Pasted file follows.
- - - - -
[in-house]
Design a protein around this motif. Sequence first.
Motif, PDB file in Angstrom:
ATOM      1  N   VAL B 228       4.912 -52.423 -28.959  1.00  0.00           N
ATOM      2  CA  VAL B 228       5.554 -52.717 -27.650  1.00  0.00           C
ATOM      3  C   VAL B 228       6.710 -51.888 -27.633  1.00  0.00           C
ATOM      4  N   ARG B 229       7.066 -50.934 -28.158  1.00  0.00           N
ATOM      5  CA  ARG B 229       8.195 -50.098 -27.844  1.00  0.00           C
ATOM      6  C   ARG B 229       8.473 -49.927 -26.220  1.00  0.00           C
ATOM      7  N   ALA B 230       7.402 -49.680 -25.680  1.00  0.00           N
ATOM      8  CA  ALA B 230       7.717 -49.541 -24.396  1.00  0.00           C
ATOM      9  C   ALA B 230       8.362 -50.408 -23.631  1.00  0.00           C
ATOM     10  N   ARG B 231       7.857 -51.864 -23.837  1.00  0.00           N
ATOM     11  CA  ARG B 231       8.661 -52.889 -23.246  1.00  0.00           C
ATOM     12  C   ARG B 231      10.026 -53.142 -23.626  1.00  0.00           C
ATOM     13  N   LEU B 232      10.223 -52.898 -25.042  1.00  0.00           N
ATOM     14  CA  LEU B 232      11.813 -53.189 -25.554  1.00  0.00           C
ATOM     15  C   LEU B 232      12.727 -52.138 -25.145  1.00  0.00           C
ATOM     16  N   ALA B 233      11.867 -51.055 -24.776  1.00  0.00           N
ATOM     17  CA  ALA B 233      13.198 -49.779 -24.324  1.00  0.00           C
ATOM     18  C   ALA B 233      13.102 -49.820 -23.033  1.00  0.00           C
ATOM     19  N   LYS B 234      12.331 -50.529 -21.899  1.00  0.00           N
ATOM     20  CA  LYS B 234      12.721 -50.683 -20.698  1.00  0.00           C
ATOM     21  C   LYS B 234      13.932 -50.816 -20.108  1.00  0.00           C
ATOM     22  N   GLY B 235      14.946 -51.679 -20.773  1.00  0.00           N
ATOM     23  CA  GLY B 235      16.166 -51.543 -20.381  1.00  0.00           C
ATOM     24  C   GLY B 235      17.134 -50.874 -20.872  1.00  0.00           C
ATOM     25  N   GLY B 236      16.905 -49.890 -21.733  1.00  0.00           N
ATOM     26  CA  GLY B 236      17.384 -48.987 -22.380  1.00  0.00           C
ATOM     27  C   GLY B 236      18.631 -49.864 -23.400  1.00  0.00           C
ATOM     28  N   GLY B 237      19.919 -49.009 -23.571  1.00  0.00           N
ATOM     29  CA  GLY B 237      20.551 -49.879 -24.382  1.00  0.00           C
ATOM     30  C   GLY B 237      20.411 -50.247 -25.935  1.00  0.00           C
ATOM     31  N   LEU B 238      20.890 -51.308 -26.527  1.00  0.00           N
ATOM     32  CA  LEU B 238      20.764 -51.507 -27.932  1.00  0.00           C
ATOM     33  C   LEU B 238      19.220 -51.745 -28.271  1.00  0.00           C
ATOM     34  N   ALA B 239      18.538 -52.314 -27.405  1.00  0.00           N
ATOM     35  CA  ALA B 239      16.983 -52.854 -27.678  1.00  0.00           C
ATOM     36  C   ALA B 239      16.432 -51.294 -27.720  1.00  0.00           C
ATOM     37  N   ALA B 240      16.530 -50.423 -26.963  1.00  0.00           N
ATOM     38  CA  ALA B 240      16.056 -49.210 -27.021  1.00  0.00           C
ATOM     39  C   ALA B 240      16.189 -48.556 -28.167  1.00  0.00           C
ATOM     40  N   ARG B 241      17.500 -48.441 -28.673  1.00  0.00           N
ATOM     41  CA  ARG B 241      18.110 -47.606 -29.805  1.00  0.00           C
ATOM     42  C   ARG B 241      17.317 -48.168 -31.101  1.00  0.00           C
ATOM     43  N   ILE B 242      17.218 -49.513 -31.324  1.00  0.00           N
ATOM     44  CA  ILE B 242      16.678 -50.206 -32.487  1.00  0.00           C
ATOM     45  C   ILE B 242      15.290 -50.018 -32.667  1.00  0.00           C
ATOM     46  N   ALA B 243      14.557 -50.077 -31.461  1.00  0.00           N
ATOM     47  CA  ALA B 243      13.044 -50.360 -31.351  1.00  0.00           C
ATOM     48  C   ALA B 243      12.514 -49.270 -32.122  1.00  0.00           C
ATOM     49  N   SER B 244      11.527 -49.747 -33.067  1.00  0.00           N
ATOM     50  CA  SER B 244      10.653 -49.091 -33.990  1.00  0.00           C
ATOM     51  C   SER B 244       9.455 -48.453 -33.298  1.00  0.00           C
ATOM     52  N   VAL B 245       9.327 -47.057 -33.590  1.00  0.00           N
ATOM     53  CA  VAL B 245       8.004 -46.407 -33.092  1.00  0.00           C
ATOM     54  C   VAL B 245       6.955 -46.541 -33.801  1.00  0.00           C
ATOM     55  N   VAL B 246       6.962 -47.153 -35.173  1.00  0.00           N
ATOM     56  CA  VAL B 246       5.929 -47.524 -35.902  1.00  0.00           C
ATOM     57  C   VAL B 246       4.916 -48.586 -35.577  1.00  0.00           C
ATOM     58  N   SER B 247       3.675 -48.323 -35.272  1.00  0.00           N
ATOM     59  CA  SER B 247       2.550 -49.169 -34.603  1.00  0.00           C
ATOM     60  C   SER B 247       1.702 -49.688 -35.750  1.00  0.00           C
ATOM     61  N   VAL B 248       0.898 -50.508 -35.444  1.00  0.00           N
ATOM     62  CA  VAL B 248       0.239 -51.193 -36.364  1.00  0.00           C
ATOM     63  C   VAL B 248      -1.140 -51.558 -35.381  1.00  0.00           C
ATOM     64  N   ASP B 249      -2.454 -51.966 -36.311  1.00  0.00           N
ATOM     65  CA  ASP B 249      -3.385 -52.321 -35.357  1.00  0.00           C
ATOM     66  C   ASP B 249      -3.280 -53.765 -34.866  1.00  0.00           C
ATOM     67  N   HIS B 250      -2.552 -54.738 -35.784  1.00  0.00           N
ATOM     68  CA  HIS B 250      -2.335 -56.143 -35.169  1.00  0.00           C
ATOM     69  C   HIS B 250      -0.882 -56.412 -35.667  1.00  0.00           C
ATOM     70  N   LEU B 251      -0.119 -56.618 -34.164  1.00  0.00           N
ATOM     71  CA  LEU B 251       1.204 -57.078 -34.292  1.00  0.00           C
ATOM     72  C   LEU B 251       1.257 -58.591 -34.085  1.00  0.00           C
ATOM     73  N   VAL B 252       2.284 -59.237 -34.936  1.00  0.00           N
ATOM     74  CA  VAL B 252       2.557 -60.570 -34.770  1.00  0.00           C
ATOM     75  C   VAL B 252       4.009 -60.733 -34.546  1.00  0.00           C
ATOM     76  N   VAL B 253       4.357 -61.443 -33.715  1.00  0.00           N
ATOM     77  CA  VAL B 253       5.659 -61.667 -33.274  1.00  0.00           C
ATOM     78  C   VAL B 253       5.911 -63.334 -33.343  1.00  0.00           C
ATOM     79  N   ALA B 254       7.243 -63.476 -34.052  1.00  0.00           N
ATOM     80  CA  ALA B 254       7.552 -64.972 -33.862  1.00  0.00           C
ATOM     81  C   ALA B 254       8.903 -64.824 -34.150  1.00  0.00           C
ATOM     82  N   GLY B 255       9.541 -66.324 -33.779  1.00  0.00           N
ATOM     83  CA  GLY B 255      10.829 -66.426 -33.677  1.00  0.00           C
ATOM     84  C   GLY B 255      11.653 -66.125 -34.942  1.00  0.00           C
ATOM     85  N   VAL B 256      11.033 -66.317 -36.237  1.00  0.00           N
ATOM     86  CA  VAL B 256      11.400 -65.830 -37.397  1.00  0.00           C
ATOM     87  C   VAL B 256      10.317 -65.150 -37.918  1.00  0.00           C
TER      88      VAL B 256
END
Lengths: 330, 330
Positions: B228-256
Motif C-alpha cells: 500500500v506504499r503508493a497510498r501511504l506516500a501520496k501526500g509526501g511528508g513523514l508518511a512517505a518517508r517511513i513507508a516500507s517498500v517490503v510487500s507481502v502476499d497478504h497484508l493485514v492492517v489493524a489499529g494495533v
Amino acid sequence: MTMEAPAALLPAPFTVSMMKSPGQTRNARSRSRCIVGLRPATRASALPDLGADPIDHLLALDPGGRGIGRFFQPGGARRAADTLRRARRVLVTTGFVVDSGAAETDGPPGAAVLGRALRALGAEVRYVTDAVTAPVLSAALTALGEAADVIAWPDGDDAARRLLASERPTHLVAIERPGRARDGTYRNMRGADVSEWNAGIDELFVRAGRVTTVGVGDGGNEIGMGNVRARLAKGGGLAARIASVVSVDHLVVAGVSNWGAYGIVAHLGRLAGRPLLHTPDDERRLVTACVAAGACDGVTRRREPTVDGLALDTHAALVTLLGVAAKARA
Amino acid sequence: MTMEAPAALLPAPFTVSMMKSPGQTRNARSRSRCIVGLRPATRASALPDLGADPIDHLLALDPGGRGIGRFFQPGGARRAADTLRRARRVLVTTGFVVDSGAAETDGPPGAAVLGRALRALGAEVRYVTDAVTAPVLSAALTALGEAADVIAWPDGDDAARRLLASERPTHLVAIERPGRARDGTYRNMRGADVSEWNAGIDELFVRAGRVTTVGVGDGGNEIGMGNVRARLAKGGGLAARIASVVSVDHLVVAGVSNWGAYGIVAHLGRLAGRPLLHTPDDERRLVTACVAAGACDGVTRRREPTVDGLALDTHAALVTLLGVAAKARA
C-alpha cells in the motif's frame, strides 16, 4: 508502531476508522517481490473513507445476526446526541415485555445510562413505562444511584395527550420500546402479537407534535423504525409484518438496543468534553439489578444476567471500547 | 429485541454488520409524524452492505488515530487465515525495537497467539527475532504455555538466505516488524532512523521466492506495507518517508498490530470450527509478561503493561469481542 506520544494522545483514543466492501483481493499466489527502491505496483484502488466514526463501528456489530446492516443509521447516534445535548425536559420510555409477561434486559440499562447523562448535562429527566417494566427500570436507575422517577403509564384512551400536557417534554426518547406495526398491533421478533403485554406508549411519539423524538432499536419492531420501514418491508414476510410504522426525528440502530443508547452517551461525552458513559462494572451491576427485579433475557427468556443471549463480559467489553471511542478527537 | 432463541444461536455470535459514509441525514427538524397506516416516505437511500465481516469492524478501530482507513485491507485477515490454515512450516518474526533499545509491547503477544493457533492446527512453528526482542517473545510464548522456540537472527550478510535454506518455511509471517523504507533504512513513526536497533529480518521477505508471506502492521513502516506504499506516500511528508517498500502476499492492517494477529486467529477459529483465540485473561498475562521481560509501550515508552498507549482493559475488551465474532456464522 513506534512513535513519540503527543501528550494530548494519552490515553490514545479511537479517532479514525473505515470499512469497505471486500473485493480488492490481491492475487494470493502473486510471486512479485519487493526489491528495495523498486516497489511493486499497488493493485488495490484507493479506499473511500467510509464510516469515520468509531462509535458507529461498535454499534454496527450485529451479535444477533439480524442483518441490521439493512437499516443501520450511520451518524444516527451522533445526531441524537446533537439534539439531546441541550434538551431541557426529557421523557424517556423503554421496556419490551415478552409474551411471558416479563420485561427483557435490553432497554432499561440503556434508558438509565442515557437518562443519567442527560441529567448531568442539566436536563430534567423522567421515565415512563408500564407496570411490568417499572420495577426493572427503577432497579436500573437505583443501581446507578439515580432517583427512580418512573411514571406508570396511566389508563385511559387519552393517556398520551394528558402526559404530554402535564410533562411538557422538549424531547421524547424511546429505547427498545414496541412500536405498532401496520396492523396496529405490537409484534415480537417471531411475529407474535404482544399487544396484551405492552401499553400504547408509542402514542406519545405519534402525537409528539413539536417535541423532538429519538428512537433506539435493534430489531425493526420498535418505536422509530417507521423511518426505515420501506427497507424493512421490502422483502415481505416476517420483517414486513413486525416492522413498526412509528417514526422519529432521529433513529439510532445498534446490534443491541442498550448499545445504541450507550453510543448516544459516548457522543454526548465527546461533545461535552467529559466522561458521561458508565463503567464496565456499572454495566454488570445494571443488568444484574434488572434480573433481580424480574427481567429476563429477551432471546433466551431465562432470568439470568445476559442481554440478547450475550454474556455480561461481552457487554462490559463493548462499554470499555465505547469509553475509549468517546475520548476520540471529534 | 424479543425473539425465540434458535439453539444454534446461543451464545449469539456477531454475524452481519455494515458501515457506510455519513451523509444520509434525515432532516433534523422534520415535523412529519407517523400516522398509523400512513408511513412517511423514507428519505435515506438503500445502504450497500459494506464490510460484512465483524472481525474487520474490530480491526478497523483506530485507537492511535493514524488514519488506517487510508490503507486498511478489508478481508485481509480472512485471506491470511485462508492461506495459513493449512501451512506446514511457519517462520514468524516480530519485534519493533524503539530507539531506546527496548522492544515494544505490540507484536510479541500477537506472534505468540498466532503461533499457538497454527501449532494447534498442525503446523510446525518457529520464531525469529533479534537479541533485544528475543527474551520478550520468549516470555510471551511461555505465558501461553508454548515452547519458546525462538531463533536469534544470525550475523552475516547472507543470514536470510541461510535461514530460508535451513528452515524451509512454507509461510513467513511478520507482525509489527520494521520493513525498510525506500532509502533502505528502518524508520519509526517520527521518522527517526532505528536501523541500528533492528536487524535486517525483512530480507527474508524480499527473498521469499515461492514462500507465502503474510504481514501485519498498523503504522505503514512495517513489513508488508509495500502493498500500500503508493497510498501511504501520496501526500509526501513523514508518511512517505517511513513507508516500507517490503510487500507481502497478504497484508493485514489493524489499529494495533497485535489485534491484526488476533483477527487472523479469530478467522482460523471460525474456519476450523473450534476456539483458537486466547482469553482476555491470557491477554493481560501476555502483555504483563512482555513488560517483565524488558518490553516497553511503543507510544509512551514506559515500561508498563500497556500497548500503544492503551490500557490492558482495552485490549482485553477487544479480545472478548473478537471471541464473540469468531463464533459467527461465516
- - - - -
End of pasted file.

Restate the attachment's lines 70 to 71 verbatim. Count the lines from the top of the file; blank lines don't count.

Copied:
ATOM     67  N   HIS B 250      -2.552 -54.738 -35.784  1.00  0.00           N
ATOM     68  CA  HIS B 250      -2.335 -56.143 -35.169  1.00  0.00           C